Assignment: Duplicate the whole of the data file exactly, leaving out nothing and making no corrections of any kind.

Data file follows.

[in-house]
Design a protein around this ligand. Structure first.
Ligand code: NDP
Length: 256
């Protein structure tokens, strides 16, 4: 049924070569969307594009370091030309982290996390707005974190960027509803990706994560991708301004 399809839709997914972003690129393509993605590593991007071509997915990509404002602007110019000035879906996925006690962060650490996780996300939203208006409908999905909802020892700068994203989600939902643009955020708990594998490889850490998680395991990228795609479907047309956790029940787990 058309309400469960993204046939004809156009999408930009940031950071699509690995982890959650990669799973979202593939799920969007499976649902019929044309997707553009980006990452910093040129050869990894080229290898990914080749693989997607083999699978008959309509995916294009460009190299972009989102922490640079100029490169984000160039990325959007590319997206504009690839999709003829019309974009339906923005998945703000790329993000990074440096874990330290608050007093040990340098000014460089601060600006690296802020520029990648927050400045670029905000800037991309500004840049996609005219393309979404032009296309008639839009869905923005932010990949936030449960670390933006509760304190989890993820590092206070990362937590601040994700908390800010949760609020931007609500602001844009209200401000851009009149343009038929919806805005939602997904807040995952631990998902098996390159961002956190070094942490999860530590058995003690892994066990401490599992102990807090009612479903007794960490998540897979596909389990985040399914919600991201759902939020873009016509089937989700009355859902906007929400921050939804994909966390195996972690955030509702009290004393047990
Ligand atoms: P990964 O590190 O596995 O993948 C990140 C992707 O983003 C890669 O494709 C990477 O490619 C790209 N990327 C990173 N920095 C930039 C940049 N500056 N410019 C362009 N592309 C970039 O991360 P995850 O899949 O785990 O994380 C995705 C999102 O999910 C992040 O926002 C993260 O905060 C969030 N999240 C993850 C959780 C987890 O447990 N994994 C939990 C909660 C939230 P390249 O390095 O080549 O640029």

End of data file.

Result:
[in-house]
Design a protein around this ligand. Structure first.
Ligand code: NDP
Length: 256
């Protein structure tokens, strides 16, 4: 049924070569969307594009370091030309982290996390707005974190960027509803990706994560991708301004 399809839709997914972003690129393509993605590593991007071509997915990509404002602007110019000035879906996925006690962060650490996780996300939203208006409908999905909802020892700068994203989600939902643009955020708990594998490889850490998680395991990228795609479907047309956790029940787990 058309309400469960993204046939004809156009999408930009940031950071699509690995982890959650990669799973979202593939799920969007499976649902019929044309997707553009980006990452910093040129050869990894080229290898990914080749693989997607083999699978008959309509995916294009460009190299972009989102922490640079100029490169984000160039990325959007590319997206504009690839999709003829019309974009339906923005998945703000790329993000990074440096874990330290608050007093040990340098000014460089601060600006690296802020520029990648927050400045670029905000800037991309500004840049996609005219393309979404032009296309008639839009869905923005932010990949936030449960670390933006509760304190989890993820590092206070990362937590601040994700908390800010949760609020931007609500602001844009209200401000851009009149343009038929919806805005939602997904807040995952631990998902098996390159961002956190070094942490999860530590058995003690892994066990401490599992102990807090009612479903007794960490998540897979596909389990985040399914919600991201759902939020873009016509089937989700009355859902906007929400921050939804994909966390195996972690955030509702009290004393047990
Ligand atoms: P990964 O590190 O596995 O993948 C990140 C992707 O983003 C890669 O494709 C990477 O490619 C790209 N990327 C990173 N920095 C930039 C940049 N500056 N410019 C362009 N592309 C970039 O991360 P995850 O899949 O785990 O994380 C995705 C999102 O999910 C992040 O926002 C993260 O905060 C969030 N999240 C993850 C959780 C987890 O447990 N994994 C939990 C909660 C939230 P390249 O390095 O080549 O640029």